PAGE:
The Court  held that “without proper safeguards the process of in-custody interrogation of persons suspected or accused of crime contains inherently compelling pressures which work to undermine the individual’s will to resist and to compel him to speak where he would otherwise do so freely.”  Therefore, a defendant “must be warned prior to any questioning that he has the right to remain silent, that anything he says can be used against him in a court of law, that he has the right to the presence of an attorney, and that if he cannot afford an attorney one will be appointed for him prior to any questioning if he so desires.”

The Supreme Court reversed the judgment of the Supreme Court of Arizona in Miranda, reversed the judgment of the New York Court of Appeals in Vignera, reversed the judgment of the Court of Appeals for the Ninth Circuit in Westover, and affirmed the judgment of the Supreme Court of California in Stewart.

Recently The Supreme Court says prosecutors can use a person's silence against them if it comes before he's told of his right to remain silent.

I am not a lawyer. But this makes no sense to me. It sounds like a prosecutorial loop hole.

The 5-4 ruling comes in the case of Genovevo Salinas, who was convicted of a 1992 murder. During police questioning, and before he was arrested or read his Miranda rights, Salinas answered some questions but did not answer when asked if a shotgun he had access to would match up with the murder weapon.
Prosecutors in Texas used his silence on that question in convicting him of murder, saying it helped demonstrate his guilt. Salinas appealed, saying his Fifth Amendment rights to stay silent should have kept lawyers from using his silence against him in court. Texas courts disagreed, saying pre-Miranda silence is not protected by the Constitution.

The high court upheld that decision.

The Fifth Amendment protects Americans against forced self-incrimination, with the Supreme Court saying that prosecutors cannot comment on a defendant's refusal to testify at trial. The courts have expanded that right to answering questions in police custody, with police required to tell people under arrest they have a right to remain silent without it being used in court.

Prosecutors argued that since Salinas was answering some questions therefore not invoking his right to silence and since he wasn't under arrest and wasn't compelled to speak, his silence on the incriminating question doesn't get constitutional protection.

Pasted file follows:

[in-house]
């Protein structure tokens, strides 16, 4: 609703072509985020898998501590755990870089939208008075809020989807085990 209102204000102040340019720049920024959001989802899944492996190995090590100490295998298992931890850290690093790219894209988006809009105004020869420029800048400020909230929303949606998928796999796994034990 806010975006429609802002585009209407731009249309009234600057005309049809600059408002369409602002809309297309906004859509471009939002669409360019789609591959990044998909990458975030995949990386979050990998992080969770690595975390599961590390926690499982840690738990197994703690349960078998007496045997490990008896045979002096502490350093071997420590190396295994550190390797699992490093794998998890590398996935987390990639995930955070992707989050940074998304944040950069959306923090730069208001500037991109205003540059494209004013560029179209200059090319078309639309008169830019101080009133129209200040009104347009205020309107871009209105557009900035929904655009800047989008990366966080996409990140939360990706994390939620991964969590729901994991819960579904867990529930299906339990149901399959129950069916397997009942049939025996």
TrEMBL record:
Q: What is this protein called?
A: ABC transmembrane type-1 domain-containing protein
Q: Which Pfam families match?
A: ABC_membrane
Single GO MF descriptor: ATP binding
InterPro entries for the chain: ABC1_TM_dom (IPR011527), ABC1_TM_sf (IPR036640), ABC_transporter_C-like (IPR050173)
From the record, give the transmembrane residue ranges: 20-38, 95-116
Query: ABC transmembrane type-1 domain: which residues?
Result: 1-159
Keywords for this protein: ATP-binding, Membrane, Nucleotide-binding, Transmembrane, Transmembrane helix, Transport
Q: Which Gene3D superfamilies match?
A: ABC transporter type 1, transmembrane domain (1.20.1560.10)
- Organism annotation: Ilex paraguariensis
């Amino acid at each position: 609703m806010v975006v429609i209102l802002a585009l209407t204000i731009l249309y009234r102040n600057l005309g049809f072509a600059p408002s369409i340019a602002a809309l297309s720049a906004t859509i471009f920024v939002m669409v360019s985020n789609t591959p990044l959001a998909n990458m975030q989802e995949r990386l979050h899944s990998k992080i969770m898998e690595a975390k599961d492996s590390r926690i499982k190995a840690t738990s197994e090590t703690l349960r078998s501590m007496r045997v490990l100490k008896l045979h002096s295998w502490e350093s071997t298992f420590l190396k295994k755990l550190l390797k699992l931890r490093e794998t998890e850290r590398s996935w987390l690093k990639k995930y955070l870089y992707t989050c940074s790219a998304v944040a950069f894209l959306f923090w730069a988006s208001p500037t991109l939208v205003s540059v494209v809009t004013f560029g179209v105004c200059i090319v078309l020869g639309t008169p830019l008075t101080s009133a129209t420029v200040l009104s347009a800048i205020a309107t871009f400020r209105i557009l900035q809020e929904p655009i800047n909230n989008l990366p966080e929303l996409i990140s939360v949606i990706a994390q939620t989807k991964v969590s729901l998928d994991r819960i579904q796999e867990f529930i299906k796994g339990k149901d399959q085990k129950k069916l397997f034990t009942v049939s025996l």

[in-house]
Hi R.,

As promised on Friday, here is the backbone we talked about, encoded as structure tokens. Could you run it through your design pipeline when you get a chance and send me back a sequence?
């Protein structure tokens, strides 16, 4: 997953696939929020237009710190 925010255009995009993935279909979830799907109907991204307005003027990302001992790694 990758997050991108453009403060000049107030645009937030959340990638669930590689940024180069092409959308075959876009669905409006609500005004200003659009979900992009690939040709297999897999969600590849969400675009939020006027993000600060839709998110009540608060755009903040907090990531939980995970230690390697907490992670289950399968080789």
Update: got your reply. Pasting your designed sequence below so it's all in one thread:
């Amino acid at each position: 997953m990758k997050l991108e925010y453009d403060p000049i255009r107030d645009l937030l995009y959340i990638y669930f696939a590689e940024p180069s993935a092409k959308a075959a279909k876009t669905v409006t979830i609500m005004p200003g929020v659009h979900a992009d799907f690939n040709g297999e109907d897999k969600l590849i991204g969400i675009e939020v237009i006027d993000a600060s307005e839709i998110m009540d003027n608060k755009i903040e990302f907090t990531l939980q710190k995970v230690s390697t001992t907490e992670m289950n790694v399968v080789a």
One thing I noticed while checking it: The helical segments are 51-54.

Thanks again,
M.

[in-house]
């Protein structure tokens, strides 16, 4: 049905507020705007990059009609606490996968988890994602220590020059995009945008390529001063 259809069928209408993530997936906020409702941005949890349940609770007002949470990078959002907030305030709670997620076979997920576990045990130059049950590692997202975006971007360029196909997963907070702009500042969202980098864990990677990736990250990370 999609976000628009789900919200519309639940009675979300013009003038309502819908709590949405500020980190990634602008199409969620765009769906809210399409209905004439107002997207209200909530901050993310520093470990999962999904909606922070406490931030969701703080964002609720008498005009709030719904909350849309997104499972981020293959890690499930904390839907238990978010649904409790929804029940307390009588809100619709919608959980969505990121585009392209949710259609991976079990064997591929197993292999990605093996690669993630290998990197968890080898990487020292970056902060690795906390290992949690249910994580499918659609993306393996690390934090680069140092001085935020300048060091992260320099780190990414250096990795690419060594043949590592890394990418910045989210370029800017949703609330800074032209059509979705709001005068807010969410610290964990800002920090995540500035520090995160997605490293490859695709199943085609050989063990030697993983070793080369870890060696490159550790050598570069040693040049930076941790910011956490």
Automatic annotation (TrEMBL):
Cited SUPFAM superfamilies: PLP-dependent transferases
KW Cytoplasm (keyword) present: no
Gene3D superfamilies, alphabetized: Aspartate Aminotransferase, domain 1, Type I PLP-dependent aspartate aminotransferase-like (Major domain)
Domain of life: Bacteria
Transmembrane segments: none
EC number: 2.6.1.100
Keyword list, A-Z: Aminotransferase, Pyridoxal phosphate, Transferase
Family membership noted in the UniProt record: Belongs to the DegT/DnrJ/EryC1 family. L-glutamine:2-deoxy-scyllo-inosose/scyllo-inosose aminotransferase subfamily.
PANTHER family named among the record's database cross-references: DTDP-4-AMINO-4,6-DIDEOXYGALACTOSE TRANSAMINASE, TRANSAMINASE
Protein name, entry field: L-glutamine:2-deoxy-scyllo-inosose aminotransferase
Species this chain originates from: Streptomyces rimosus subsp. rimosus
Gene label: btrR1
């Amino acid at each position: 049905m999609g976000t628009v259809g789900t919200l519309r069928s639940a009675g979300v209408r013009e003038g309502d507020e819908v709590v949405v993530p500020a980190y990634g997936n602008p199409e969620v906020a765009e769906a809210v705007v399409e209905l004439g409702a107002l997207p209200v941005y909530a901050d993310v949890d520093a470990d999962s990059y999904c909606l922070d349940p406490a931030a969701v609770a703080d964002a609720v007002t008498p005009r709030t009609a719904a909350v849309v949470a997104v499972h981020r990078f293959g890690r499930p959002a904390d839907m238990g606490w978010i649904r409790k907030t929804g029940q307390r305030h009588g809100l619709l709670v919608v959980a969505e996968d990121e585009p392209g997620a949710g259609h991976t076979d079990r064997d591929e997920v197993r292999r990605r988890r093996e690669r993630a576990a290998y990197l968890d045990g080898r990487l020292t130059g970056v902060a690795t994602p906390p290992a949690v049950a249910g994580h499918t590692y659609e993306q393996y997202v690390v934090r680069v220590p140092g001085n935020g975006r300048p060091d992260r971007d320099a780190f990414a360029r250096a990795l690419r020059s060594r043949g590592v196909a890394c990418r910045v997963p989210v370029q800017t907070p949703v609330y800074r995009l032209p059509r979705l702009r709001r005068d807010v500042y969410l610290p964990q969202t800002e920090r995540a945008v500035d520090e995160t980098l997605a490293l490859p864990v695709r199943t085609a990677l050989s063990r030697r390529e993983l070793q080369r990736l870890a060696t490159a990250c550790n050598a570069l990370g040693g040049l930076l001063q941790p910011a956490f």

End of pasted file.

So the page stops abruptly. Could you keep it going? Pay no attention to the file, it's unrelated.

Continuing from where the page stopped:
Salinas' "Fifth Amendment claim fails because he did not expressly invoke the privilege against self-incrimination in response to the officer's question," Justice Samuel Alito said. "It has long been settled that the privilege `generally is not self-executing' and that a witness who desires its protection `must claim it.'"

The court decision was down its conservative/liberal split, with Alito's judgment joined by Chief Justice John Roberts and Justices Anthony Kennedy, Clarence Thomas and Antonin Scalia.

Liberal Justices Stephen Breyer, Ruth Bader Ginsburg, Sonia Sotomayor and Elena Kagan dissented. "In my view the Fifth Amendment here prohibits the prosecution from commenting on the petitioner's silence in response to police questioning," Breyer said in the dissent.

Salinas was charged in 1993 with the previous year's shooting deaths of two men in Houston. Police found shotgun shells at the crime scene, and after going to the home where Salinas lived with his parents, obtained a shotgun kept inside the house by his father. Ballistic reports showed the shells matched the shotgun, but police declined to prosecute Salinas.

Police decided to charge him after one of his friends said that he had confessed, but Salinas evaded police for years. He was arrested in 2007, but his first trial ended in a mistrial. It was during his second trial that prosecutors aggressively tried to use his silence about the shotgun in closing remarks to the jury.

Salinas was sentenced to 20 years in prison. The Texas Court of Appeals and the Texas Court of Criminal Appeals upheld the conviction, with the latter court saying "pre-arrest, pre-Miranda silence is not protected by the Fifth Amendment right against self-incrimination, and that prosecutors may comment on such silence regardless of whether a defendant testifies."

There was a time when you had to watch what you said. But now, you have to watch what you don't say. Staying out of trouble is so much easier. God help us all.